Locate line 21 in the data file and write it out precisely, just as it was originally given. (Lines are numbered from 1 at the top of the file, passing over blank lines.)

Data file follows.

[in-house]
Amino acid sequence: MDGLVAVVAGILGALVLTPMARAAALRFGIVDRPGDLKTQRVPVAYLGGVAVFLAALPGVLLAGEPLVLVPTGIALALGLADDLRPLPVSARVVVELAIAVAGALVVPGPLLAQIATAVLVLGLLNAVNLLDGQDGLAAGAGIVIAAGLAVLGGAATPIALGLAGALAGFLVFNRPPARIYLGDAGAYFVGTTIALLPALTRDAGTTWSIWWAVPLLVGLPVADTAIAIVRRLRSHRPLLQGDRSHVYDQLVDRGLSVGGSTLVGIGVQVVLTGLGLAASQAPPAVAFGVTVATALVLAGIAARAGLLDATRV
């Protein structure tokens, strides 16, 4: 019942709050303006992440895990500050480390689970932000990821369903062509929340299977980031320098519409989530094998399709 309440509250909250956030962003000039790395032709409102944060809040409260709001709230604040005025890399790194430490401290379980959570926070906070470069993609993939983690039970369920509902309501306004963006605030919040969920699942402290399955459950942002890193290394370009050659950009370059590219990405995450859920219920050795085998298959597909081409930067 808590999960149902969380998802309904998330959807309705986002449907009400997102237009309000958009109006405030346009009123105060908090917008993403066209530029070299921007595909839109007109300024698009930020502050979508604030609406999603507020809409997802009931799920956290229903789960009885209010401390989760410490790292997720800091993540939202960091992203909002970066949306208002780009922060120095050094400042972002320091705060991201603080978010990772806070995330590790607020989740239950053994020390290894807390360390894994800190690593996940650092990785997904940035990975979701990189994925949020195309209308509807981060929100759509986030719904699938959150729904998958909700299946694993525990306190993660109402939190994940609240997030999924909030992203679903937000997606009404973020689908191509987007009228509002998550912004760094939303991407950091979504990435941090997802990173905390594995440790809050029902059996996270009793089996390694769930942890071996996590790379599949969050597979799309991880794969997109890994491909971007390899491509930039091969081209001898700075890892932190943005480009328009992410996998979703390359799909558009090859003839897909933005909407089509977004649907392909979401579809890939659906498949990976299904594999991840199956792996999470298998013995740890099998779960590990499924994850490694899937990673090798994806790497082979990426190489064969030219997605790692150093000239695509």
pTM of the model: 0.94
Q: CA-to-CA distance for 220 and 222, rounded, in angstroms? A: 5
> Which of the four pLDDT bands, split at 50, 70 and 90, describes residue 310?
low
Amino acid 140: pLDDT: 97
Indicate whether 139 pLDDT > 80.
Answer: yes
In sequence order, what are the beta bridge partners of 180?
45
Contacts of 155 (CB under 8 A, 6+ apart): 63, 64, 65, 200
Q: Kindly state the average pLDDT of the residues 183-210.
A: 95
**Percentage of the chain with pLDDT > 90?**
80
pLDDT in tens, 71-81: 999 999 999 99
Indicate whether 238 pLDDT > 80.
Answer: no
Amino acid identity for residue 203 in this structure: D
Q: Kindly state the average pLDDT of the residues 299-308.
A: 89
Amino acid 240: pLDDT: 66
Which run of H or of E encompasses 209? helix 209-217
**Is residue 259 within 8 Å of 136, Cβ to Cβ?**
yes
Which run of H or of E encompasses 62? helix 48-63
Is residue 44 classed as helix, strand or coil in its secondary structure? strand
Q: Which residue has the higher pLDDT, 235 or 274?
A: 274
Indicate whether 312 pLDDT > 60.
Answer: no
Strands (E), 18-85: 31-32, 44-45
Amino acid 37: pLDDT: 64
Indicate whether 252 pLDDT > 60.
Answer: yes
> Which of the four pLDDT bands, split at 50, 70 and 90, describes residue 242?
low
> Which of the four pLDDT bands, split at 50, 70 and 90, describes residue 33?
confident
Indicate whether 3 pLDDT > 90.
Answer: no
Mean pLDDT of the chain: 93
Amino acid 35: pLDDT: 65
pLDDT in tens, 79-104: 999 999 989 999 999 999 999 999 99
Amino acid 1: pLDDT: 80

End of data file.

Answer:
Amino acid identity for residue 203 in this structure: D